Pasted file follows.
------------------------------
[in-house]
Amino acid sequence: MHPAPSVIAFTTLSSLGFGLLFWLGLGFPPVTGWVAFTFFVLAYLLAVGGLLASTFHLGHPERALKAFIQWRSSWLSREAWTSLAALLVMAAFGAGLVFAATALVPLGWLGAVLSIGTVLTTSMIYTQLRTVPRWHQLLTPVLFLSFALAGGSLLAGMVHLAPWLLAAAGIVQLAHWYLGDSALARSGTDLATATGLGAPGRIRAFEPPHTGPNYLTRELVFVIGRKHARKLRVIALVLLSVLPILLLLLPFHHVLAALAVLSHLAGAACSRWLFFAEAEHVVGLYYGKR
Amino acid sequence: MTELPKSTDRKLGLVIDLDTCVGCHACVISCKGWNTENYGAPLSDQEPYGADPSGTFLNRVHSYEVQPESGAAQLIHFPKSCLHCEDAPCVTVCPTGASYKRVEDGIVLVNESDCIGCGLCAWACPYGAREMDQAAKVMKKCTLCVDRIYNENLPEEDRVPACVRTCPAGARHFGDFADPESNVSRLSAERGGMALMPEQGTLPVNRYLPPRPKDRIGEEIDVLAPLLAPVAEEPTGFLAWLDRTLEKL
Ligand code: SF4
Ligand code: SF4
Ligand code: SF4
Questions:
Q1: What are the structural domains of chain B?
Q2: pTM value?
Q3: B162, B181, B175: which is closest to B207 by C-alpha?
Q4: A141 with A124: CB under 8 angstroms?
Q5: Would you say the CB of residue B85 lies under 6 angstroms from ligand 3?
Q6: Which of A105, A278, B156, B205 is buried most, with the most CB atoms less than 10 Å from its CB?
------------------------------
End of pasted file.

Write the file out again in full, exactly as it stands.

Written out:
[in-house]
Amino acid sequence: MHPAPSVIAFTTLSSLGFGLLFWLGLGFPPVTGWVAFTFFVLAYLLAVGGLLASTFHLGHPERALKAFIQWRSSWLSREAWTSLAALLVMAAFGAGLVFAATALVPLGWLGAVLSIGTVLTTSMIYTQLRTVPRWHQLLTPVLFLSFALAGGSLLAGMVHLAPWLLAAAGIVQLAHWYLGDSALARSGTDLATATGLGAPGRIRAFEPPHTGPNYLTRELVFVIGRKHARKLRVIALVLLSVLPILLLLLPFHHVLAALAVLSHLAGAACSRWLFFAEAEHVVGLYYGKR
Amino acid sequence: MTELPKSTDRKLGLVIDLDTCVGCHACVISCKGWNTENYGAPLSDQEPYGADPSGTFLNRVHSYEVQPESGAAQLIHFPKSCLHCEDAPCVTVCPTGASYKRVEDGIVLVNESDCIGCGLCAWACPYGAREMDQAAKVMKKCTLCVDRIYNENLPEEDRVPACVRTCPAGARHFGDFADPESNVSRLSAERGGMALMPEQGTLPVNRYLPPRPKDRIGEEIDVLAPLLAPVAEEPTGFLAWLDRTLEKL
Ligand code: SF4
Ligand code: SF4
Ligand code: SF4
Questions:
Q1: What are the structural domains of chain B?
Q2: pTM value?
Q3: B162, B181, B175: which is closest to B207 by C-alpha?
Q4: A141 with A124: CB under 8 angstroms?
Q5: Would you say the CB of residue B85 lies under 6 angstroms from ligand 3?
Q6: Which of A105, A278, B156, B205 is buried most, with the most CB atoms less than 10 Å from its CB?